to the core, victim of a very damaging graft and conflict of interest culture.

            At least that's the perception I (and many other people) have in the face of the unprecedented lack of criminal prosecutions of Wall Street executives, who appeared to have committed massive crimes.

            •  And I agree (1+ / 0-)
              Recommended by:
              Hey338Too

              my problem is your solution demands a safety valve, and the safety valve is the very thing that is the problem.

              You see the problem?

              "Empty vessels make the loudest sound, they have the least wit and are the greatest blabbers" Plato

              by Empty Vessel on Mon Jan 06, 2014 at 04:02:36 PM PST

              [ Parent ]

              •  Here's where I'm coming from: (1+ / 0-)
                Recommended by:
                TracieLynn

                I don't believe in the proposition that truth, morality, ethics, democracy, justice, and the rule of law are "in the eyes of the beholder."

                I think that things are either just, or unjust, truth or false, ethical or unethical, moral or immoral.

                And I think that people of good-will can join together and come to agreements on those issues.

                I have confident that the Occupy Wall Street movement can do that.

                That's my perspective, and it colors my opinions.

                I fully understand you may have a different perspective.

              •  I'm not sure I follow you (1+ / 0-)
                Recommended by:
                Hey338Too

                A "public indictment" produced by a self-declared citizen's grand jury has no apparent enforcement mechanism. Its influence depends on its credibility.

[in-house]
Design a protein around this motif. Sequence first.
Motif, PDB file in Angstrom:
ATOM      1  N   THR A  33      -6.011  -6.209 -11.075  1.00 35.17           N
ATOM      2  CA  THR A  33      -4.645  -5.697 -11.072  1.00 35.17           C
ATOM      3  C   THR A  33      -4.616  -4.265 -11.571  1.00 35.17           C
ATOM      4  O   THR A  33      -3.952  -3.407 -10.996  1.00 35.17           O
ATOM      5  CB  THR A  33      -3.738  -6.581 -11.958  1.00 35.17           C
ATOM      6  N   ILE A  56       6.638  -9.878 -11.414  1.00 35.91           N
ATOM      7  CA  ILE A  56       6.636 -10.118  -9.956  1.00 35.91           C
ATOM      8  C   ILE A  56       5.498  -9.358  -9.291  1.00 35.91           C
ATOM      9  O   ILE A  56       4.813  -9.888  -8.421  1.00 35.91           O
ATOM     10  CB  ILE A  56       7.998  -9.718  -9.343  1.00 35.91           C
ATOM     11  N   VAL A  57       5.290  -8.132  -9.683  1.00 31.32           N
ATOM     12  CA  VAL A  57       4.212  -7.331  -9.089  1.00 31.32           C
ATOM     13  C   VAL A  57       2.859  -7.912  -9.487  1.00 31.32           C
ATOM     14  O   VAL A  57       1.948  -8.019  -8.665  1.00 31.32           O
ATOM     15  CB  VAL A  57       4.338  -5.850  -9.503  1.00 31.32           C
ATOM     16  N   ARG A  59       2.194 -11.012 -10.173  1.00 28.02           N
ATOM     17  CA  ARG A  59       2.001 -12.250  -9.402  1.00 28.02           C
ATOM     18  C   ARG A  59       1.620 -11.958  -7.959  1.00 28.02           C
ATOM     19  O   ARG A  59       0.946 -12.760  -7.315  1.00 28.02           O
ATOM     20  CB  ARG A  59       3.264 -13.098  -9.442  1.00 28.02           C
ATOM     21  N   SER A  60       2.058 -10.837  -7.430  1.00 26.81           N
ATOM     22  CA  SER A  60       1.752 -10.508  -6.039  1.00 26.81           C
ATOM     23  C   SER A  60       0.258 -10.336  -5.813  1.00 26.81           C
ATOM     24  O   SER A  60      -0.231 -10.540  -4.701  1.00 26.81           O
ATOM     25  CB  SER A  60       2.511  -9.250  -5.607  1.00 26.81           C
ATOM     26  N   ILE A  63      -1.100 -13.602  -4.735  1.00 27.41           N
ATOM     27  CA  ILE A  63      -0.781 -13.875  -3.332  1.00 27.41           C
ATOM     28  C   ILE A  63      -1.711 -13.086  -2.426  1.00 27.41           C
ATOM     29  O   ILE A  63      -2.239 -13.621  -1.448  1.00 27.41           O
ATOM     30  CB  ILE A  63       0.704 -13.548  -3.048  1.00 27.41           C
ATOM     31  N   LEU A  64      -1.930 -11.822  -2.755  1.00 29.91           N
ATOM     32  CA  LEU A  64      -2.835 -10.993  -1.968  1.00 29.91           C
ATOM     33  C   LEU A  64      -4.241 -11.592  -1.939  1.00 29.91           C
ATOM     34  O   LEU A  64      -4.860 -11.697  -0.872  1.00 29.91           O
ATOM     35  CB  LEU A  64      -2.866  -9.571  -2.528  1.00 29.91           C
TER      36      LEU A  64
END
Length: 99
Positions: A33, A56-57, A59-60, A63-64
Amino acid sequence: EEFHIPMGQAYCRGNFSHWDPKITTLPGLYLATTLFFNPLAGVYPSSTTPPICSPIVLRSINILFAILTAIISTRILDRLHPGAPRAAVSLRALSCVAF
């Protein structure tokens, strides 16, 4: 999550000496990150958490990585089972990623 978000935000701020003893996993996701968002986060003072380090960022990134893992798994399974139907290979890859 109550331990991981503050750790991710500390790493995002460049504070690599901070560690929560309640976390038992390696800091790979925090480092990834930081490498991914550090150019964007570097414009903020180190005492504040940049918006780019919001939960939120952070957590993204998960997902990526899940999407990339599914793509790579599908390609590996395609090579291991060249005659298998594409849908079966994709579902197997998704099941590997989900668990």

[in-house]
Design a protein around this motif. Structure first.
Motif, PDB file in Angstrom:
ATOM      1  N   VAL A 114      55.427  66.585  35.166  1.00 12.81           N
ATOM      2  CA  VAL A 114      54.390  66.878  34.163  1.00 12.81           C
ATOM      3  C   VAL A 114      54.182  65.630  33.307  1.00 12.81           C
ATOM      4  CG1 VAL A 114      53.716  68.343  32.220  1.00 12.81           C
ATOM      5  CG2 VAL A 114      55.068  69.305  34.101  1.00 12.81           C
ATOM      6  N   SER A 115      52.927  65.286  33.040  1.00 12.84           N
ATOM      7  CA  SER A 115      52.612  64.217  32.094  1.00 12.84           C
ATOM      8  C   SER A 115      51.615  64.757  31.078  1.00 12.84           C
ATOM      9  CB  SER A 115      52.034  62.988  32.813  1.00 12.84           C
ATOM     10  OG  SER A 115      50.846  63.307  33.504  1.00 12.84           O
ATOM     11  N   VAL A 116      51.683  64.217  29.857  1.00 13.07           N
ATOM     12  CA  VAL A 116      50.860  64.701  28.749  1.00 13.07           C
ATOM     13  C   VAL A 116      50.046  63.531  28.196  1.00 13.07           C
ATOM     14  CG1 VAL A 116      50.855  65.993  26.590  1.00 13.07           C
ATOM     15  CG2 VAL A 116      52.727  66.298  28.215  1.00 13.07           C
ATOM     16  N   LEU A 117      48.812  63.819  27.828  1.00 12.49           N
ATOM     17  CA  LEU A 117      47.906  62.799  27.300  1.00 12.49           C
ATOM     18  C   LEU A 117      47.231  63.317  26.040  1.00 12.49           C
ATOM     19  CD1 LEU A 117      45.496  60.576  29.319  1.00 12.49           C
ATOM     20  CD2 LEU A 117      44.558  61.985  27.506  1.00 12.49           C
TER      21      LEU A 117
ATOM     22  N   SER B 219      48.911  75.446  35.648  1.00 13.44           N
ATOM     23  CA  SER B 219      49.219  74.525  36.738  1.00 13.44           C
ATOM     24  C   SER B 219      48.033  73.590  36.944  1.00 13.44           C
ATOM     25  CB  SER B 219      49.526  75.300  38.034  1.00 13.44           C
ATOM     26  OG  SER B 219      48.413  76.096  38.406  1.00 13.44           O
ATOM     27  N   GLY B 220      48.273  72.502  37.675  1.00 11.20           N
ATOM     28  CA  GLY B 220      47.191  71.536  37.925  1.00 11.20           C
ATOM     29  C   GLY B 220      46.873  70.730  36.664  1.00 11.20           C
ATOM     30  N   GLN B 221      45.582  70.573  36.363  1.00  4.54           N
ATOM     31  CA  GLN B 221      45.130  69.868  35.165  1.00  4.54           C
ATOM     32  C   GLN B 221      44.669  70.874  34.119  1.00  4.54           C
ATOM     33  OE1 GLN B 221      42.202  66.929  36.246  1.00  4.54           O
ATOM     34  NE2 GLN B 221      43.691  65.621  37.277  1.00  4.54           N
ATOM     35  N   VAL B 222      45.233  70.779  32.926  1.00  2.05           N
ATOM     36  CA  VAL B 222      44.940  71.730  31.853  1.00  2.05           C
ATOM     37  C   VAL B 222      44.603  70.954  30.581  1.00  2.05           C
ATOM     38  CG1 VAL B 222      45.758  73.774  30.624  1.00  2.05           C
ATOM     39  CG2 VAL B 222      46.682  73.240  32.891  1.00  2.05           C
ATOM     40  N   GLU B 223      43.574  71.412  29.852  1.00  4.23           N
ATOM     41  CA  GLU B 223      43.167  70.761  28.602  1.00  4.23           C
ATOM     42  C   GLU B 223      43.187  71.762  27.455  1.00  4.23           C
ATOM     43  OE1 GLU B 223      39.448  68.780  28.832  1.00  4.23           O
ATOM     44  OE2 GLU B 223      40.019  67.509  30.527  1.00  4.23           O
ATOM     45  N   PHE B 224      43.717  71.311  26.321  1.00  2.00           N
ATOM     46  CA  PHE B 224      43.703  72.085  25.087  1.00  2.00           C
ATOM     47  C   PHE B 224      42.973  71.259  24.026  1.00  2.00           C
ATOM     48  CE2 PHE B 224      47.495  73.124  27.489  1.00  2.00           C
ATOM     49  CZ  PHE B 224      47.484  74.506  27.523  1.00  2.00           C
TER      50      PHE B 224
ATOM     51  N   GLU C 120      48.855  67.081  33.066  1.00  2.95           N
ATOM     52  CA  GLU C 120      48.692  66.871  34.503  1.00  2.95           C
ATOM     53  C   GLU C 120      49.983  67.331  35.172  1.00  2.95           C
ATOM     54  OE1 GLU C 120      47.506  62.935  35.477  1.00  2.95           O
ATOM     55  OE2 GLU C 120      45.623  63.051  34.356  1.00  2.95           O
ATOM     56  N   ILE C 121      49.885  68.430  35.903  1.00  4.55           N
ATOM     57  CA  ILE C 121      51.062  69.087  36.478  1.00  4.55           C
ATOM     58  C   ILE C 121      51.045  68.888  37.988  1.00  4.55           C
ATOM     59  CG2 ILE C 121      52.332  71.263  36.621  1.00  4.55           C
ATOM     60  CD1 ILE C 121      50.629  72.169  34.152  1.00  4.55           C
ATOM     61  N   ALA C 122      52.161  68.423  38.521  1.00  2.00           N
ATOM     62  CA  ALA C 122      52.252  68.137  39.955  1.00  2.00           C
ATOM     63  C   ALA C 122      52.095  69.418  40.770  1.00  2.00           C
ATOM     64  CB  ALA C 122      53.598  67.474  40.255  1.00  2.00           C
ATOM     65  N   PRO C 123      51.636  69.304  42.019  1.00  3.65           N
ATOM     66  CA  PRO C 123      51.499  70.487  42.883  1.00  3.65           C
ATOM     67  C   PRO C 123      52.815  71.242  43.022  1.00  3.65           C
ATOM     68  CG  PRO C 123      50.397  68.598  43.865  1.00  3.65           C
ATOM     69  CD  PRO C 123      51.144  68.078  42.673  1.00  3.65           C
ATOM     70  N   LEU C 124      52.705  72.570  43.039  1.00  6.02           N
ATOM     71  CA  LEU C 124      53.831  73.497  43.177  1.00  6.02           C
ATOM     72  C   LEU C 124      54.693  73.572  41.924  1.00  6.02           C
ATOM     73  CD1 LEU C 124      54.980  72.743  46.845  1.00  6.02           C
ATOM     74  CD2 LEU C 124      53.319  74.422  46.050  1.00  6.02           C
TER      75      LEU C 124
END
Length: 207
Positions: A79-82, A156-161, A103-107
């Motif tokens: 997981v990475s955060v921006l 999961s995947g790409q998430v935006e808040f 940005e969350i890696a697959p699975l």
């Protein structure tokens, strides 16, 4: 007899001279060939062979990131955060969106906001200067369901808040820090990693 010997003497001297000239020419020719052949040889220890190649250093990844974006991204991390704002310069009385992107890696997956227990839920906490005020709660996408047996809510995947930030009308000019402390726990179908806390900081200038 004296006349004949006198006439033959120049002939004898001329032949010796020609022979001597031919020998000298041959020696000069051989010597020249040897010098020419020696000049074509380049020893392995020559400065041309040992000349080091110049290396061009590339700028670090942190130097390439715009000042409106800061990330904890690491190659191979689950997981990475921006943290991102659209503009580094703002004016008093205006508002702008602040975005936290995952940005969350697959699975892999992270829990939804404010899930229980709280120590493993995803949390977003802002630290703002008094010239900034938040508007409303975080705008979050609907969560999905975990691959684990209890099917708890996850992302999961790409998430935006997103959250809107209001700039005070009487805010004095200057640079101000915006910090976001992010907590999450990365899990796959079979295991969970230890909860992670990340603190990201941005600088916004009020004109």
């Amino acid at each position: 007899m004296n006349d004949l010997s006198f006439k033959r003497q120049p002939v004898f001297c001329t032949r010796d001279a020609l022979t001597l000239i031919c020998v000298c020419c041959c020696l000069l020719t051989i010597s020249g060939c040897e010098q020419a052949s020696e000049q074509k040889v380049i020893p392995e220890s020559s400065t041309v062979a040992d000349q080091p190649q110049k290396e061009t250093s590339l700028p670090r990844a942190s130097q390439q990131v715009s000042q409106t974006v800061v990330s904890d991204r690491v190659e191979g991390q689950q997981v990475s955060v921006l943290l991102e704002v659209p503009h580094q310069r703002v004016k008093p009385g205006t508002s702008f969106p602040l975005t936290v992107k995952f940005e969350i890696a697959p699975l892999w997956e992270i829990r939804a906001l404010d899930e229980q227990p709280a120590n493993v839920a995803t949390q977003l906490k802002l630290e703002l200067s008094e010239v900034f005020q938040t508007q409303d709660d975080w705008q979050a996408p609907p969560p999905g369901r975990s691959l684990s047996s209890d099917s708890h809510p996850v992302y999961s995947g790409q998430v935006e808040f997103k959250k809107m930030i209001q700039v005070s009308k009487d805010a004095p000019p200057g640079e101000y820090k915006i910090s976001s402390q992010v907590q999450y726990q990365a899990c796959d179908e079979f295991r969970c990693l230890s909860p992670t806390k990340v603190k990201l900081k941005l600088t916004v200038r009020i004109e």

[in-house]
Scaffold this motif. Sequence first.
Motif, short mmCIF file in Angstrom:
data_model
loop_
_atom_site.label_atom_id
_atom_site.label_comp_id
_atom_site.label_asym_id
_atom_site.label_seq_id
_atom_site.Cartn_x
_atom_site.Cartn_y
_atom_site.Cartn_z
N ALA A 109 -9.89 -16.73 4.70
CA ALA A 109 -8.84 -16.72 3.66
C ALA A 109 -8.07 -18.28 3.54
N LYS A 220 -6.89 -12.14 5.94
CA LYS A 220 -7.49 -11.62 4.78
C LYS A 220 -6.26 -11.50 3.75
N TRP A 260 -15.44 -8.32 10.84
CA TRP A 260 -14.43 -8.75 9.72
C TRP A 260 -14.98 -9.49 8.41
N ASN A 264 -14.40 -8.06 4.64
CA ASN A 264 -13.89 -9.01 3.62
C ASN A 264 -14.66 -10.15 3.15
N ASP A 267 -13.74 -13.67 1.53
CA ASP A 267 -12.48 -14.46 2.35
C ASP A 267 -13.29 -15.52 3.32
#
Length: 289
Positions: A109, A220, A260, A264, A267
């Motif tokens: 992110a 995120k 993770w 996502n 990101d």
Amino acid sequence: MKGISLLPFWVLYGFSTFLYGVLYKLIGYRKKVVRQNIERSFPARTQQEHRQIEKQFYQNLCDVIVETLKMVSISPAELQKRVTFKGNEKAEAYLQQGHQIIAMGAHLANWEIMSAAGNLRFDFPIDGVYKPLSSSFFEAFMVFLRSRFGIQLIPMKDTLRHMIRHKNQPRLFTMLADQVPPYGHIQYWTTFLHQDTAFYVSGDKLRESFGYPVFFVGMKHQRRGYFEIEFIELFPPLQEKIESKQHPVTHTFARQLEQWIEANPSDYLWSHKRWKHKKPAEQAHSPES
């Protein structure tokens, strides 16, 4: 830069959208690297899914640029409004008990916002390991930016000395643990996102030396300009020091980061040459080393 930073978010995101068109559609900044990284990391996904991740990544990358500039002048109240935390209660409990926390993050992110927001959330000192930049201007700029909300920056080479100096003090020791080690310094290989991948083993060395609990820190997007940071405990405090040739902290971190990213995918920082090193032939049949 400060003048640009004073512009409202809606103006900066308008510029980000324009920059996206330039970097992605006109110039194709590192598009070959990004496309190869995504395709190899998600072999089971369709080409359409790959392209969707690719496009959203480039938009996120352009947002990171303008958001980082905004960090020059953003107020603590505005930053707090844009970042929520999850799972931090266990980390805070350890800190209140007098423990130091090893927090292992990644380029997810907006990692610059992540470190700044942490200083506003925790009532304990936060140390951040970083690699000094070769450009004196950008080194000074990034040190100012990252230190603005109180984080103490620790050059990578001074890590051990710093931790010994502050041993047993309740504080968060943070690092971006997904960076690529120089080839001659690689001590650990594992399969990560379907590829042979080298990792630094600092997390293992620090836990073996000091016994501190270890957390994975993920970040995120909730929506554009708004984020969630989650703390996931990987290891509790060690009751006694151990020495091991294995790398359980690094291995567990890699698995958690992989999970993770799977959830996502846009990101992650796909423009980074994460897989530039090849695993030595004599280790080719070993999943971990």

There have been "Citizen Juries" — on policy issues, nothing to do with shadow indictments — that were designed to be credible, although of course no one had to pay any attention to them.

                "I am not sure how we got here, but then, I am not really sure where we are." -Susan from 29

                by HudsonValleyMark on Mon Jan 06, 2014 at 04:33:37 PM PST

                [ Parent ]

    •  I support calls to action (2+ / 0-)
      Recommended by:
      Hey338Too, serendipityisabitch

      and Ray's suggested placarding is a good idea.

      However I remember Ray's prior call for a day of action to begin last October.

      When that day came and went, and Serendipity asked Ray what were the results, Ray and others sharply attacked Serendipity for even bringing it up.

      I gave $5 to Daily Kos for my participation in Ray's October day of action, but I guess I was the only chump that honored that call for action.

      “The answer must be, I think, that beauty and grace are performed whether or not we will or sense them. The least we can do is try to be there.” ― Annie Dillard, Pilgrim at Tinker Creek

      by 6412093 on Tue Jan 07, 2014 at 12:24:51 PM PST

      [ Parent ]